Editorial, New Scientist
15 May 2014
The funding of Boko Haram’s atrocities by the illegal ivory trade show that poaching is not just a problem for conservationists, but for all of us
MORE than 200 girls abducted by terror group Boko Haram in Nigeria; 23,000 African elephants killed for their tusks last year. On the surface all these crimes have in common is that they happened on the same continent. But there is an intimate connection: like many terrorist organisations in Africa, Boko Haram is funded by sales of illegal ivory (see “Ivory poaching funds most war and terrorism in Africa”).
Elephant poaching is usually framed as a conservation issue. But increasingly it is a national security and humanitarian one, too. According to a recent report from Born Free USA and data analyst C4ADS, ivory has become the “bush currency” militants, terrorists and rebels use to buy weapons and fund operations. Government corruption is thought to play its part too.
Most of this ivory ends up in east Asia, where demand is high and rising. According to the report, a single tusk can fetch $15,000.
The link between ivory and violence adds even more urgency to the need to quash this deadly trade. Previous campaigns to cut demand for ivory by reducing its acceptability have had an impact. As they have been replicated with other products such as shark-fin soup, this suggests that wildlife crimecan be tackled in this way. Such campaigns always include a strong element of awareness-raising. The fact that ivory is used to bankroll conflicts provides yet more ammunition that conservationists should exploit.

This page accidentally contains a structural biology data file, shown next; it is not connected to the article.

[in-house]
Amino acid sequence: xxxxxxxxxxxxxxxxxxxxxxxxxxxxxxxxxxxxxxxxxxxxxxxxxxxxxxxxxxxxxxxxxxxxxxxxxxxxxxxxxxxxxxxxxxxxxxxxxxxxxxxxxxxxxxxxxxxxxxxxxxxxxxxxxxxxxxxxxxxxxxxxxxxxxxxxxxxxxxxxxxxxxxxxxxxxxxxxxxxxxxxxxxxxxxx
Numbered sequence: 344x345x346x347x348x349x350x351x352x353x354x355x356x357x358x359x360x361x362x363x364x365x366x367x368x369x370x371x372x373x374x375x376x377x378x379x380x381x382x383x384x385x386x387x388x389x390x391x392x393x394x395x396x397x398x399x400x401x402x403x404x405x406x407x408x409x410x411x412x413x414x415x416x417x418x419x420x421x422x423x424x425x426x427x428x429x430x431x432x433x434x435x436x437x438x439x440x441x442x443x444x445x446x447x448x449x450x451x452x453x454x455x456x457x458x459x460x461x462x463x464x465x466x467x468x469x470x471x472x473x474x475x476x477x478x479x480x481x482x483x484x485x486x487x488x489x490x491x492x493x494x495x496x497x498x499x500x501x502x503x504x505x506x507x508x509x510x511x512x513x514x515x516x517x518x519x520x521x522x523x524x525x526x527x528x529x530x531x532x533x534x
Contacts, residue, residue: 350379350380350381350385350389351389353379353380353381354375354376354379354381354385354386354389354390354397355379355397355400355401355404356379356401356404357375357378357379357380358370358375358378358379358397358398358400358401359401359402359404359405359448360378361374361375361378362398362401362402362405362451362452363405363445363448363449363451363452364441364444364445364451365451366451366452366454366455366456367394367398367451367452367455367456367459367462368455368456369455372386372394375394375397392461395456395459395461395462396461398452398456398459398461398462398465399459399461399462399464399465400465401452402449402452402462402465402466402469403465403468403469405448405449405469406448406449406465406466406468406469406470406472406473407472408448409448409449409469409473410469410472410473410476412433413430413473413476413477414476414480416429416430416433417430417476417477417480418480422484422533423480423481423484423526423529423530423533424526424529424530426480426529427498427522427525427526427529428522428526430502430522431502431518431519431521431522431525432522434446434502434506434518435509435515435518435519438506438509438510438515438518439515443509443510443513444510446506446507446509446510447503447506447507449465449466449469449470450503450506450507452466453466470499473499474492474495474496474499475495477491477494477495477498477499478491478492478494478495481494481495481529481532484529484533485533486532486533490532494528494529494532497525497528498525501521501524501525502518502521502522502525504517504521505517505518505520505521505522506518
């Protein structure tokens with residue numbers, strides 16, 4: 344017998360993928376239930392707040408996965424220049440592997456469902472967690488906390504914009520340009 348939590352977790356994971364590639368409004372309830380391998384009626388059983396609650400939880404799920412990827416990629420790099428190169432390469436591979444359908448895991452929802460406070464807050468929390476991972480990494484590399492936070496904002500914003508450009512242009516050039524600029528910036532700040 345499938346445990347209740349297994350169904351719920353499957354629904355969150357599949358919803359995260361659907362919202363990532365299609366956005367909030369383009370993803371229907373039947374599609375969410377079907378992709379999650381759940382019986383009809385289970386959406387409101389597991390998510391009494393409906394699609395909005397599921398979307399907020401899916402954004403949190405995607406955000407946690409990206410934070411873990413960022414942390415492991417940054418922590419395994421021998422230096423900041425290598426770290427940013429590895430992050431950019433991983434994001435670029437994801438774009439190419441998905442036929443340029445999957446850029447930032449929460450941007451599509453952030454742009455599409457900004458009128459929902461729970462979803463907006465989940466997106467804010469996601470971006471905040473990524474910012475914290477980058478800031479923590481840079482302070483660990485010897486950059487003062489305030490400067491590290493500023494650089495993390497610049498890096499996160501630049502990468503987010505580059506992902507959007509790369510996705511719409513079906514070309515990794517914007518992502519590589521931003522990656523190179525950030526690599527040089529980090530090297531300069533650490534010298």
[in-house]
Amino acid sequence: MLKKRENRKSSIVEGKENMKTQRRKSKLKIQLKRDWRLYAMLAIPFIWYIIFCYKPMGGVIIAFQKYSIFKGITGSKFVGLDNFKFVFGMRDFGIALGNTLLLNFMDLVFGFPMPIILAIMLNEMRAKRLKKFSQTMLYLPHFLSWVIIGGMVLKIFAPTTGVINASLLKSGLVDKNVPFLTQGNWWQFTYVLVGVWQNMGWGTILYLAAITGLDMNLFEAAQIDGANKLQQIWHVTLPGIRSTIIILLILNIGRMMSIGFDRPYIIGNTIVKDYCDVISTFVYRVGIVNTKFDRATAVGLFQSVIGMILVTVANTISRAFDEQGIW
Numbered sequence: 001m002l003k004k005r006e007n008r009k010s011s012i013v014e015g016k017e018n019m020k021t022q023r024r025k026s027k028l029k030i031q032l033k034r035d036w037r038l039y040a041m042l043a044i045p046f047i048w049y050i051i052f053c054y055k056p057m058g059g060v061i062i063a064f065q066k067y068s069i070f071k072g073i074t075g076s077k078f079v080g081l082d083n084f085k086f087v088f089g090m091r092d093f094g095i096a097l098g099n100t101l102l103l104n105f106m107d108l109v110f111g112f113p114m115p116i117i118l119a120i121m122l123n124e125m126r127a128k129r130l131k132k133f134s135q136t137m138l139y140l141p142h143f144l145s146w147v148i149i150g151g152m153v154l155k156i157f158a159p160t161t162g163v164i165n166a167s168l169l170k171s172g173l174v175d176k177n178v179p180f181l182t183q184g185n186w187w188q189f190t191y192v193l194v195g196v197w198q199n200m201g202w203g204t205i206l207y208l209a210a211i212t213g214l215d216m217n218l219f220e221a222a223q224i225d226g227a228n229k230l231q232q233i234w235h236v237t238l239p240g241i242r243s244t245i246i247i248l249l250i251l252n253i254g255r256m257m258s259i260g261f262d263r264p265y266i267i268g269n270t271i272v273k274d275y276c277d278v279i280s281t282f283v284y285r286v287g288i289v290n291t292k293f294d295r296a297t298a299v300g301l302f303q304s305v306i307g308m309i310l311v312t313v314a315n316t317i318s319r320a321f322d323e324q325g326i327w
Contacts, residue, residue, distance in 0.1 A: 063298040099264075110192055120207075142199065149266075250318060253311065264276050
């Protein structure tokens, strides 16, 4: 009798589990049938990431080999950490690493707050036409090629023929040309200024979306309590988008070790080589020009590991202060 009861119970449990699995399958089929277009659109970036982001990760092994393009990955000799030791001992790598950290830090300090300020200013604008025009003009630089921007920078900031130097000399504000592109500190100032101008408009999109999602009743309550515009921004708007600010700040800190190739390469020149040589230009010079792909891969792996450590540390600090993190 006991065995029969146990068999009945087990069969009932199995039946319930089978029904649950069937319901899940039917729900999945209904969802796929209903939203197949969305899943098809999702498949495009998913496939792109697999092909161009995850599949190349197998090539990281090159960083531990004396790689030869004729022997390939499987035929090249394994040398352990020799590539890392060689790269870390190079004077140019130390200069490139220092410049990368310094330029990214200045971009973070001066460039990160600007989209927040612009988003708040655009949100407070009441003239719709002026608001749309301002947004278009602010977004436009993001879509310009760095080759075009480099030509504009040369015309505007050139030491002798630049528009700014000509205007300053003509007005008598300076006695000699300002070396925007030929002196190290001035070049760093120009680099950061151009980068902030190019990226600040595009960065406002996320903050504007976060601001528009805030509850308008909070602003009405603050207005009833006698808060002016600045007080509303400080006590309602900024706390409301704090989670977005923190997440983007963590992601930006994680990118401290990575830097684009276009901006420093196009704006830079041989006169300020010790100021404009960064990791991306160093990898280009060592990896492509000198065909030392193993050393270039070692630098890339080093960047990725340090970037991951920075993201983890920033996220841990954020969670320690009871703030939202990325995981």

Of course, the ivory trade is only one part of a web of wildlife crime that is itself part of a global criminal network dealing in drugs, weapons and people. Cutting demand for ivory won’t on its own defuse Africa’s conflicts. Militants will simply plunder other resources such as hardwood or the mineral coltan, which may end up as furniture in your house or electrical components in your cellphone.
When it comes to wildlife crime, it is easy to point the finger at Chinese demand for ivory, rhino horn and tiger penis while forgetting that all consumers contribute to some extent.
The illegal wildlife trade is worth an estimated $20 billion a year; some of that money ends up funding groups like Boko Haram and their violent ideology. It is time for a global awareness campaign to alert us all to the ways we encourage the slaughter of endangered animals, the dubious trade in scarce natural resources and the terrorisation of vulnerable people.